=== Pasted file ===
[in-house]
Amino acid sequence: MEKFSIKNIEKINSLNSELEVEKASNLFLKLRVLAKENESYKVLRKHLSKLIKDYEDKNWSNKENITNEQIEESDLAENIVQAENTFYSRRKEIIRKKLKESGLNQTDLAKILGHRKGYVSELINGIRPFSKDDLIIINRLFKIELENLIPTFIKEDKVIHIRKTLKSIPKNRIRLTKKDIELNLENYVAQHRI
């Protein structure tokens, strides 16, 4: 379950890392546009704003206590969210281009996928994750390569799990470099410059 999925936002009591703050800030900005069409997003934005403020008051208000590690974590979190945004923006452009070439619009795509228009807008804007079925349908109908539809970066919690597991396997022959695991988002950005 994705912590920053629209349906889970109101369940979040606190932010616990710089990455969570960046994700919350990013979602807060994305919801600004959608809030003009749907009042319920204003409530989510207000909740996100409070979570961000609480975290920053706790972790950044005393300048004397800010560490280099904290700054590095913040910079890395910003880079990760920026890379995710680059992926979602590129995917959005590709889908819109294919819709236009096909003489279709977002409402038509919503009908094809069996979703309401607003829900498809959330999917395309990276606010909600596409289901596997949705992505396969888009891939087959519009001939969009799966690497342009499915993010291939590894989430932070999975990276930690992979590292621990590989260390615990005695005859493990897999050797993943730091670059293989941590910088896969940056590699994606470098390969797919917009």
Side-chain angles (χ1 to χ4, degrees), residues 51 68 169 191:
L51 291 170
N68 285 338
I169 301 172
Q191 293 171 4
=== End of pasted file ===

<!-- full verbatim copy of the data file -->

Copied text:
[in-house]
Amino acid sequence: MEKFSIKNIEKINSLNSELEVEKASNLFLKLRVLAKENESYKVLRKHLSKLIKDYEDKNWSNKENITNEQIEESDLAENIVQAENTFYSRRKEIIRKKLKESGLNQTDLAKILGHRKGYVSELINGIRPFSKDDLIIINRLFKIELENLIPTFIKEDKVIHIRKTLKSIPKNRIRLTKKDIELNLENYVAQHRI
């Protein structure tokens, strides 16, 4: 379950890392546009704003206590969210281009996928994750390569799990470099410059 999925936002009591703050800030900005069409997003934005403020008051208000590690974590979190945004923006452009070439619009795509228009807008804007079925349908109908539809970066919690597991396997022959695991988002950005 994705912590920053629209349906889970109101369940979040606190932010616990710089990455969570960046994700919350990013979602807060994305919801600004959608809030003009749907009042319920204003409530989510207000909740996100409070979570961000609480975290920053706790972790950044005393300048004397800010560490280099904290700054590095913040910079890395910003880079990760920026890379995710680059992926979602590129995917959005590709889908819109294919819709236009096909003489279709977002409402038509919503009908094809069996979703309401607003829900498809959330999917395309990276606010909600596409289901596997949705992505396969888009891939087959519009001939969009799966690497342009499915993010291939590894989430932070999975990276930690992979590292621990590989260390615990005695005859493990897999050797993943730091670059293989941590910088896969940056590699994606470098390969797919917009």
Side-chain angles (χ1 to χ4, degrees), residues 51 68 169 191:
L51 291 170
N68 285 338
I169 301 172
Q191 293 171 4